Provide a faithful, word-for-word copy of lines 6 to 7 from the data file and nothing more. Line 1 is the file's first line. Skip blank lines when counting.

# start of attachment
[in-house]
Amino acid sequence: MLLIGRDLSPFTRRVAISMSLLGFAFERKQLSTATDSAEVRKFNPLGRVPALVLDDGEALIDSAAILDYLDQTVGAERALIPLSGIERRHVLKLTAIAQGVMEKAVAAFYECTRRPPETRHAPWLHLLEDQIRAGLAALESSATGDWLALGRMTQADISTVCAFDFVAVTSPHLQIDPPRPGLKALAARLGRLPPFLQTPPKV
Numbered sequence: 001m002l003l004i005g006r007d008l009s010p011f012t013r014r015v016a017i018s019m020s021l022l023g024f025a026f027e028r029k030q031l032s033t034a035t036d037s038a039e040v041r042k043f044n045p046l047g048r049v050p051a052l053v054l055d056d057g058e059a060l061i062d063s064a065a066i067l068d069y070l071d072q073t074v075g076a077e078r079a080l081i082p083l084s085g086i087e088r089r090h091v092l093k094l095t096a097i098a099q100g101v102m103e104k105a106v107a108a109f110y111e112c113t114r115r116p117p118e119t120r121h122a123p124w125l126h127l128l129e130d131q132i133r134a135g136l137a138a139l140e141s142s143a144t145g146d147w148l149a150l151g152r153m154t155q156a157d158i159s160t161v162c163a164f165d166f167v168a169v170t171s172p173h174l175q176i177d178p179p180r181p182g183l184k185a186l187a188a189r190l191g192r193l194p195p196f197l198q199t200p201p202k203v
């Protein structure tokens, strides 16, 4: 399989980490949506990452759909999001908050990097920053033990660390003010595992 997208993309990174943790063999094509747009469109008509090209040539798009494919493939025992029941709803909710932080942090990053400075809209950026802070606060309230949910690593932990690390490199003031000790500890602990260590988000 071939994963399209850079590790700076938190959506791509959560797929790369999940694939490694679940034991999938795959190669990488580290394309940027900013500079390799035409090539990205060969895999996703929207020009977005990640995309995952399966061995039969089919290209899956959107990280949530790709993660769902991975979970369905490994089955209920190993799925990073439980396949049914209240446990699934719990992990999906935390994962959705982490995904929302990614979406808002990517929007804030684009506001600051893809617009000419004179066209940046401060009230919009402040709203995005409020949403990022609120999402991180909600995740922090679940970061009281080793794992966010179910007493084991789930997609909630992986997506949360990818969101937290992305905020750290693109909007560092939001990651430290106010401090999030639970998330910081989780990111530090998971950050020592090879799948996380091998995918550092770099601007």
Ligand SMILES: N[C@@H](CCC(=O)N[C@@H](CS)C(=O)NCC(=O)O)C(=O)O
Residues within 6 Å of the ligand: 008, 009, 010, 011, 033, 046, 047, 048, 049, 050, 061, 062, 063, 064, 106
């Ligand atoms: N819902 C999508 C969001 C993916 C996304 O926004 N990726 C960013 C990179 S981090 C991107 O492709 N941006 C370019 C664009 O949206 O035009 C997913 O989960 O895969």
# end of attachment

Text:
Residues within 6 Å of the ligand: 008, 009, 010, 011, 033, 046, 047, 048, 049, 050, 061, 062, 063, 064, 106
């Ligand atoms: N819902 C999508 C969001 C993916 C996304 O926004 N990726 C960013 C990179 S981090 C991107 O492709 N941006 C370019 C664009 O949206 O035009 C997913 O989960 O895969």